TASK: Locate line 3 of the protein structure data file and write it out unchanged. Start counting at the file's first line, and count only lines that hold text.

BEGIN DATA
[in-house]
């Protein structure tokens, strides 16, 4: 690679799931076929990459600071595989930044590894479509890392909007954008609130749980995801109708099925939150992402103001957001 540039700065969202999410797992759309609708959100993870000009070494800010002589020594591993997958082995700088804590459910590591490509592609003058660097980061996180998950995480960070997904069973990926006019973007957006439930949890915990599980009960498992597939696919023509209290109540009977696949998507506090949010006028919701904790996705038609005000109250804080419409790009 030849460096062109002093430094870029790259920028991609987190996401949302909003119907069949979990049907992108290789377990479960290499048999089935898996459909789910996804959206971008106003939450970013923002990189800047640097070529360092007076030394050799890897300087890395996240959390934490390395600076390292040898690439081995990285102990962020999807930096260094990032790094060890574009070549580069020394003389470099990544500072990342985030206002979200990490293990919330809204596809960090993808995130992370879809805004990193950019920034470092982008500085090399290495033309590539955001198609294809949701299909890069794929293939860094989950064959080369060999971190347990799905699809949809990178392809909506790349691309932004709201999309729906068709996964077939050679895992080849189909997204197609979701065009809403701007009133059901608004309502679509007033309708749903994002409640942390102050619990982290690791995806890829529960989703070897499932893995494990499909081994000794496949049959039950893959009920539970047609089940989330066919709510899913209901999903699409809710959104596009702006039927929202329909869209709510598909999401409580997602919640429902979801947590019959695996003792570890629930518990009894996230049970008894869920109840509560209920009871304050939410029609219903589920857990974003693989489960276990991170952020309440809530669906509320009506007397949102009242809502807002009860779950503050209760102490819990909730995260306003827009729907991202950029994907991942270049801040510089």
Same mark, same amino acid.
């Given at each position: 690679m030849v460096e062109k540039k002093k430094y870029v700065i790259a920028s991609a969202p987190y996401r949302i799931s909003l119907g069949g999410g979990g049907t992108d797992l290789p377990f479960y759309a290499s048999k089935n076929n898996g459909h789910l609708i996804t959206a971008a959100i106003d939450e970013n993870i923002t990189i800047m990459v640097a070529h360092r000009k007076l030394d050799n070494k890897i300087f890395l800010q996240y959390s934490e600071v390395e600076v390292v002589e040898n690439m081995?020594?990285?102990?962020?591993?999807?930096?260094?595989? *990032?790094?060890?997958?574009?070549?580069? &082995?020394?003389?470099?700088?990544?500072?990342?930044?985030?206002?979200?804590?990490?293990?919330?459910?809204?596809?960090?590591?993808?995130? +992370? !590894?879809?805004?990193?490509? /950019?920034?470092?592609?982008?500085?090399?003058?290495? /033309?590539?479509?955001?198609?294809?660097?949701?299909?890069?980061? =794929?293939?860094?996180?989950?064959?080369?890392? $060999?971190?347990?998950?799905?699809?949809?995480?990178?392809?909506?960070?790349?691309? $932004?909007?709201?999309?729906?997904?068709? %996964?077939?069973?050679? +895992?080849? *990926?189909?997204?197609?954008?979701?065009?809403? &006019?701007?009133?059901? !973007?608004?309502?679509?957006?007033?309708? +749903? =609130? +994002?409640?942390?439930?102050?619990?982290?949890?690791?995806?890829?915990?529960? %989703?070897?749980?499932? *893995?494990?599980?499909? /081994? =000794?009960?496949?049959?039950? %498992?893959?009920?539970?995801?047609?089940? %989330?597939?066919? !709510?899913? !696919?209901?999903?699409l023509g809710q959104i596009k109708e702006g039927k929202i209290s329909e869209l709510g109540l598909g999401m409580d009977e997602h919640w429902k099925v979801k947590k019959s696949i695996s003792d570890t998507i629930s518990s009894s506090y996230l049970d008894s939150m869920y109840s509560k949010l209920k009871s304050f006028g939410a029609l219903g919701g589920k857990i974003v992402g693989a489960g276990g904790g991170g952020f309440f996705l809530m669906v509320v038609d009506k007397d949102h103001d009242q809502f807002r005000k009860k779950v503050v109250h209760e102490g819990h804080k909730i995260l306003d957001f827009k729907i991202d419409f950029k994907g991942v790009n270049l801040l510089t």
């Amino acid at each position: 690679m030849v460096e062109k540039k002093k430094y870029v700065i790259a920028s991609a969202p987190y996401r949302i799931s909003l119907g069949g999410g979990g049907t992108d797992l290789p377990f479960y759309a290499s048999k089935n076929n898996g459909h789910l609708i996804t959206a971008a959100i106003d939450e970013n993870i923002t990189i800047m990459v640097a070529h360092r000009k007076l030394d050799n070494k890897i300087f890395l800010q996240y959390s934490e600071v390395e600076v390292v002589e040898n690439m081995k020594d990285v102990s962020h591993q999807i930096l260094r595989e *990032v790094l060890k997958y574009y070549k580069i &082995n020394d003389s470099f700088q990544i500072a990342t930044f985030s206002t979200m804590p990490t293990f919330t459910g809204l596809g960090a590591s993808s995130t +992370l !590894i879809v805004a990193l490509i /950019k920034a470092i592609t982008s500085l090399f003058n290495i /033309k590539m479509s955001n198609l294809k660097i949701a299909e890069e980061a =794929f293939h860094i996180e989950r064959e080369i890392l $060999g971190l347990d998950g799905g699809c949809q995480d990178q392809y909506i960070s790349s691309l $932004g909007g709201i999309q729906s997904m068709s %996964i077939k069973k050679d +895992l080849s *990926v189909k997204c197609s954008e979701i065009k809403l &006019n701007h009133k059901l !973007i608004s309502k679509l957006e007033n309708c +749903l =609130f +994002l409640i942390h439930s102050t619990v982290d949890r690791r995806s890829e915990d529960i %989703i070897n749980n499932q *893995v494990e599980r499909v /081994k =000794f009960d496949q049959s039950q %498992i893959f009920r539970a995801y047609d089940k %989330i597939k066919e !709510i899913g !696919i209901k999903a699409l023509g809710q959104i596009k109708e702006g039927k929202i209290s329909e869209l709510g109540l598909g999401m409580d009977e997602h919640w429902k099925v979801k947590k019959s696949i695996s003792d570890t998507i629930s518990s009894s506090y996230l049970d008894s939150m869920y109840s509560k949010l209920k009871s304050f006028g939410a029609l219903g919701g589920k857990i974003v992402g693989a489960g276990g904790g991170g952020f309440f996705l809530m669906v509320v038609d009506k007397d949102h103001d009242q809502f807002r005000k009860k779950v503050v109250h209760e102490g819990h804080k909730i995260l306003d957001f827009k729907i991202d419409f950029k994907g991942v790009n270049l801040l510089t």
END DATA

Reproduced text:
Same mark, same amino acid.